New York Life Wealth Watch Survey finds inflation is impacting short-term spending and saving, but retirement savers remain confident in their plans.

New York Life | May 19, 2022

Anxiety about inflation results in $243 less per month toward savings, but 72% of Americans expect to retire at their desired age.

NEW YORK — The latest New York Life Wealth Watch survey revealed that while inflation is impacting short-term financial decisions, Americans report that their retirement strategies remain largely intact. In fact, 65% of adults report that as a result of inflation, they are cutting back on short-term spending to stay on track with their long-term financial goals. One-in-four respondents report that their long-term financial strategy has not been impacted due to inflation and 72% of respondents still expect to retire at their desired age.

“Inflation risk is one of the ‘big four’ risks in retirement – alongside withdrawal rate risk, longevity risk, and the risk that the timing of investment returns negatively impacts how long a portfolio lasts – but it is the least talked about because we’ve been in a protracted low-interest rate environment,” said Dylan Huang, SVP and Head of Retirement and Wealth Management Solutions, New York Life. “For those currently retired, inflation risk is very real and will impact both how much retirees can withdraw from their portfolio and their lifestyle in retirement. Among those not yet retired, we’re seeing this group making necessary adjustments to their financial strategies while not allowing short-term anxiety to derail their plans for retirement.”

Americans are making changes to their spending habits to maintain or increase contributions to their retirement savings. Respondents say they are cutting back on social activities like eating out (35%), nightlife (31%) and travel (28%), though some report holding off on larger expenditures like home renovations (16%) or having more children (13%).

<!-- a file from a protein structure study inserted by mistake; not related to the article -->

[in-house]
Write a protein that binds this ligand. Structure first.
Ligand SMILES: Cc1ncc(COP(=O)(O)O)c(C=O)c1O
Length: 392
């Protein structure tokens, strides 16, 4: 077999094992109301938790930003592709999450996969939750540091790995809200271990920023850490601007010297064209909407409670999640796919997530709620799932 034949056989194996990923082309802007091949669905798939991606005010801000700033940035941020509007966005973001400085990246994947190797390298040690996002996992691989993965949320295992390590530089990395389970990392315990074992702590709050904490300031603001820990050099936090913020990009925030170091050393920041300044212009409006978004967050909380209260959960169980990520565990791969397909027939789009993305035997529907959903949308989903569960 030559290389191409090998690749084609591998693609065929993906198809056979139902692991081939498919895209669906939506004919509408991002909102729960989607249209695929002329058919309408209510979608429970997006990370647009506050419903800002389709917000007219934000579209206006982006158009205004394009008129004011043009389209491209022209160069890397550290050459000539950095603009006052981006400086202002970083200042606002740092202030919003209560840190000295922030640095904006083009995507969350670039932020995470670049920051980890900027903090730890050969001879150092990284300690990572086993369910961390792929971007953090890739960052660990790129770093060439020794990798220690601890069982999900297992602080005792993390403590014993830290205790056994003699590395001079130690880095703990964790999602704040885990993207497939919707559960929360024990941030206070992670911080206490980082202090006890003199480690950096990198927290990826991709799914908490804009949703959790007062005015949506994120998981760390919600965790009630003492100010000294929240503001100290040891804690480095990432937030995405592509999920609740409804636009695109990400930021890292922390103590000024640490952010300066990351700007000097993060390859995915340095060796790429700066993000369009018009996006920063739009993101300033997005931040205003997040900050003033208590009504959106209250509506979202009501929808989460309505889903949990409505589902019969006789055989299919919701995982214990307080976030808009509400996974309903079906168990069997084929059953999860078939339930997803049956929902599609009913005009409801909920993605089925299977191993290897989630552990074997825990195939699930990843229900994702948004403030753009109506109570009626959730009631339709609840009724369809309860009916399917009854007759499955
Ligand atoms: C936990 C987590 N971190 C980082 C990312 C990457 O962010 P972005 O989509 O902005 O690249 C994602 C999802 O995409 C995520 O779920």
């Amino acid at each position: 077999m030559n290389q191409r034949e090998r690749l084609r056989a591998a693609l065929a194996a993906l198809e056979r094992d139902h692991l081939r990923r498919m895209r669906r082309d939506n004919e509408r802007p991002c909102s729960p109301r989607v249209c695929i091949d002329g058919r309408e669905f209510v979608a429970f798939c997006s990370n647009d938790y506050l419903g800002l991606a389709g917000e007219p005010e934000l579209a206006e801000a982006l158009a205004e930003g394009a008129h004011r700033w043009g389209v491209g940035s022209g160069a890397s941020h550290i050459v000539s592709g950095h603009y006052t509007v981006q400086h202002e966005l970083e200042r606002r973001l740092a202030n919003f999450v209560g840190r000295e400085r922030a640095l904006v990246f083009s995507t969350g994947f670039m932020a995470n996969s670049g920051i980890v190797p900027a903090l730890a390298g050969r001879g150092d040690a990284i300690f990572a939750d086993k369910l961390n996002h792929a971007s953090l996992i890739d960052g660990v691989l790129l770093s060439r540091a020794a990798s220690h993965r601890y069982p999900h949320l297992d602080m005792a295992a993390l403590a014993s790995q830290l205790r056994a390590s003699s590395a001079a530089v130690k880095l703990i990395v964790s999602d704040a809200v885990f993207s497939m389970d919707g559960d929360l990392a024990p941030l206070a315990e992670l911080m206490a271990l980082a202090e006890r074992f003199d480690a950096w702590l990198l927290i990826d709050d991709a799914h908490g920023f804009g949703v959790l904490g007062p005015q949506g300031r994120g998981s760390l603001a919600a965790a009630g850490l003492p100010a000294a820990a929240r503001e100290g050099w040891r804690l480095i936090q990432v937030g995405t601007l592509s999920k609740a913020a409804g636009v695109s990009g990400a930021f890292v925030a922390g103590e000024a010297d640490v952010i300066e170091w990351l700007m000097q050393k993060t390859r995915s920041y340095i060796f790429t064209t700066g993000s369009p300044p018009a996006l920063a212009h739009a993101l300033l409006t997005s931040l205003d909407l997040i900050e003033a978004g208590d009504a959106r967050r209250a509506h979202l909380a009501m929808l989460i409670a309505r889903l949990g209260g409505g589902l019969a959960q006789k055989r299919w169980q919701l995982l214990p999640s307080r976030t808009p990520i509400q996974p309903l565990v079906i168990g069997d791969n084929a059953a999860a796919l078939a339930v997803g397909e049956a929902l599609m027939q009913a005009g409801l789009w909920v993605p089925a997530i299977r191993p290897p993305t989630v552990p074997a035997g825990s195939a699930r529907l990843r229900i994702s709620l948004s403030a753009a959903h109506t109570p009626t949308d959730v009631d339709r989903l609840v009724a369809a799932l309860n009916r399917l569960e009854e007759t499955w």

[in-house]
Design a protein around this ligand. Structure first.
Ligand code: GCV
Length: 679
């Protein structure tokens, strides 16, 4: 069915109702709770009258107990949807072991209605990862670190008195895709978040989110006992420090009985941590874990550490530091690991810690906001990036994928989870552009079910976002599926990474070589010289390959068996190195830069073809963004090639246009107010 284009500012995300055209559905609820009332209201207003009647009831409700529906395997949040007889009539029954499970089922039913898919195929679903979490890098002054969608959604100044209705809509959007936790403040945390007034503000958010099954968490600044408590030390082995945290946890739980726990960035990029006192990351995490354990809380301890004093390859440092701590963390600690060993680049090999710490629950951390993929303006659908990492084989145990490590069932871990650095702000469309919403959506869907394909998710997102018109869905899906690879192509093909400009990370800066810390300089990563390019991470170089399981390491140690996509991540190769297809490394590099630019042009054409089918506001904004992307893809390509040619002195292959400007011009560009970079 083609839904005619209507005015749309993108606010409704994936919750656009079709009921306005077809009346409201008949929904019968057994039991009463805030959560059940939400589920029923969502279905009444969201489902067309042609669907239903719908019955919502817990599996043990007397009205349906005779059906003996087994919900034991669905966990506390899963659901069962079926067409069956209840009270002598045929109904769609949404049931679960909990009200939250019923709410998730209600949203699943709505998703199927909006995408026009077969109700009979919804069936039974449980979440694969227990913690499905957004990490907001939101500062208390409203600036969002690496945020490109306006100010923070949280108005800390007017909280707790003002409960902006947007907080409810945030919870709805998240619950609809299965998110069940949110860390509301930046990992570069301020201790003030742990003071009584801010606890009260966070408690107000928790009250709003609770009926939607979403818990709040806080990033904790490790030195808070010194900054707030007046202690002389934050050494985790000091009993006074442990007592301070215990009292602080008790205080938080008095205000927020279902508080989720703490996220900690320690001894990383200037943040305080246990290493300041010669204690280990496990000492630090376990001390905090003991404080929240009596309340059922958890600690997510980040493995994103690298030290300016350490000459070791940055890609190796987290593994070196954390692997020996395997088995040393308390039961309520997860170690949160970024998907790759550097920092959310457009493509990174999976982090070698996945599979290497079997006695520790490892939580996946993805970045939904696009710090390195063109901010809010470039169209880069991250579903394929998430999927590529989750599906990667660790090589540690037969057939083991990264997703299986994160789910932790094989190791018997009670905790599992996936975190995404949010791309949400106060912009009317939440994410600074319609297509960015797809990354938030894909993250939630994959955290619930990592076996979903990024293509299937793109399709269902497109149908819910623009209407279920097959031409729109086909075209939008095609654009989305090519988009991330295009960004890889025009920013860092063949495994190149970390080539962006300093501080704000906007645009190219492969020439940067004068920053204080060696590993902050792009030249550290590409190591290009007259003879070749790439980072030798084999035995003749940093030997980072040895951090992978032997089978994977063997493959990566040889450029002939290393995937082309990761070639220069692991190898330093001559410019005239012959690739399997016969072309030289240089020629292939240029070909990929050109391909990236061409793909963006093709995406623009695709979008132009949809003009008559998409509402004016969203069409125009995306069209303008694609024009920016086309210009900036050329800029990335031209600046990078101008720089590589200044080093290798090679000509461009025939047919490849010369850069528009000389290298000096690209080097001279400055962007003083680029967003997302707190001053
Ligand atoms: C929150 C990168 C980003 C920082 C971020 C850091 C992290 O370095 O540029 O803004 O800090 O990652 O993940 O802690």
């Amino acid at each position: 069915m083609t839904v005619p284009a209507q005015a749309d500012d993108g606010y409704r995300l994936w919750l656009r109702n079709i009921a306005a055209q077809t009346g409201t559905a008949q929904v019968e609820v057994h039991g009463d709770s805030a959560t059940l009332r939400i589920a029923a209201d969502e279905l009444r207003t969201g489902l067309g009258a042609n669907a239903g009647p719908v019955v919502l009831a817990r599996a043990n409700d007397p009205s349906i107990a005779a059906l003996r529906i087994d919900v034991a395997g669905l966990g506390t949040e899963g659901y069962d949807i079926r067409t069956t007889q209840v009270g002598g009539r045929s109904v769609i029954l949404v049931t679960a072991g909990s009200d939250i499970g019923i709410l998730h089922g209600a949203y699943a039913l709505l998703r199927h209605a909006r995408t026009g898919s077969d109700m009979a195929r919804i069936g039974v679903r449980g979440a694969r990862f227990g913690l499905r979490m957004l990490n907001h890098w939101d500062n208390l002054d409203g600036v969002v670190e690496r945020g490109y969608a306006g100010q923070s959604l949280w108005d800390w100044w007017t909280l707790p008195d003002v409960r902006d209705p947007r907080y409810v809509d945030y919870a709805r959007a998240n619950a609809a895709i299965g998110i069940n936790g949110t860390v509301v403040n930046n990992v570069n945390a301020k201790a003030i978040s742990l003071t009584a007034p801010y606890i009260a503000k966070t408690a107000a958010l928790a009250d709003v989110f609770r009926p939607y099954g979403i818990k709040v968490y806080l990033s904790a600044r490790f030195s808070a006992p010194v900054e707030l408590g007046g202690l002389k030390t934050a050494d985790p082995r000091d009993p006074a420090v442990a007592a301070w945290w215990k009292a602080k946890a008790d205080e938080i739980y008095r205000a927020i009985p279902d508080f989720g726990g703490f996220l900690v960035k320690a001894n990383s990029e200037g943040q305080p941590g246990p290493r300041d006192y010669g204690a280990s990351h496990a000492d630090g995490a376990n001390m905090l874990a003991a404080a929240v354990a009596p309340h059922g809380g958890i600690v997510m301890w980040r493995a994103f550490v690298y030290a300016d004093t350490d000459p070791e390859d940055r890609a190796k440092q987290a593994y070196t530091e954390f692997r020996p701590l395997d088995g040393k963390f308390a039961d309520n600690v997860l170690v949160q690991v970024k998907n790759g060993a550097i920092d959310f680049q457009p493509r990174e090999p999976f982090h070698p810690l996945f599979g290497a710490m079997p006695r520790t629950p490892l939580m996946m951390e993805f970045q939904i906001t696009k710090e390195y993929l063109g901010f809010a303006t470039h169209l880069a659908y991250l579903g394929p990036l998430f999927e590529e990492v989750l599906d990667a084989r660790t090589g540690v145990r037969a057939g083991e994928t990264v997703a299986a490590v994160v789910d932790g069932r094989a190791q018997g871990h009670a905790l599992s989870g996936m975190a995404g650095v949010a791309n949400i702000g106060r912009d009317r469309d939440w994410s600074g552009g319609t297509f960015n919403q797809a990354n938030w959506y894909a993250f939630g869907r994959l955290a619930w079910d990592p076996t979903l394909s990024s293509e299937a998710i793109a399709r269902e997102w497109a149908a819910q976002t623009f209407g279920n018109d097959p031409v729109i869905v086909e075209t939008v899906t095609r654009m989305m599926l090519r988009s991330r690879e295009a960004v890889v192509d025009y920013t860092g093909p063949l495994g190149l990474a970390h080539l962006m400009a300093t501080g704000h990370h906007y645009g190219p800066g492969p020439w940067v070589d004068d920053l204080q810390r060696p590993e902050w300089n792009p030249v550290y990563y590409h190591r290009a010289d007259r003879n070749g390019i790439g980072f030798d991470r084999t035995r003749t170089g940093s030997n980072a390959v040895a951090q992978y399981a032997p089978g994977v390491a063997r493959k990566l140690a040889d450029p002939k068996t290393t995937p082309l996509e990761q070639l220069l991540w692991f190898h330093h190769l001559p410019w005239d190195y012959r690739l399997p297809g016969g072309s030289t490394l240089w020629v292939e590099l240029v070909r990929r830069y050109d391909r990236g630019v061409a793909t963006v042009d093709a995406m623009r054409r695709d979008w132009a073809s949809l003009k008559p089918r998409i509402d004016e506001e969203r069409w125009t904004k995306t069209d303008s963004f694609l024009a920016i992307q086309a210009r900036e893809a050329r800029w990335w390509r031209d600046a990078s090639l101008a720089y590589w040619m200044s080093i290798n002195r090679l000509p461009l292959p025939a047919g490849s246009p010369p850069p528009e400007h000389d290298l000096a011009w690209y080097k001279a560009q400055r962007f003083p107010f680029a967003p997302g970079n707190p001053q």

Although Americans report being committed to maintaining their retirement savings contributions, they have also adjusted their short-term financial goals to accommodate the impacts of inflation. In fact, one-in-three adults report contributing less to their emergency funds in order to pay for everyday expenses, with the average monthly contribution falling by $243. Millennials are making the most significant cuts, with their monthly emergency fund contributions falling by nearly $289. Beyond stalled emergency fund savings, Americans are also putting off vacations (33%), paying off credit card debt (22%), buying a car (22%) and buying a home (16%). Here too, Millennials are feeling the impacts of inflation on their short-term financial goals: 36% report delaying vacation, paying off credit card debt (29%), buying a car (26%) and buying a home (26%).  

“Creating a financial strategy is not something that should be done once and never thought of again until retirement. Ever-changing market environments can sometimes mean making difficult choices, as evident by the data showing Americans are contributing less to their emergency funds,” continued Huang. “That’s why it’s critical to seek the help of a trusted financial professional to ensure that your financial strategy can withstand a variety of market conditions and enables you to achieve your short- and long-term financial goals.”

Workplace Plans Help Keep Retirement on Track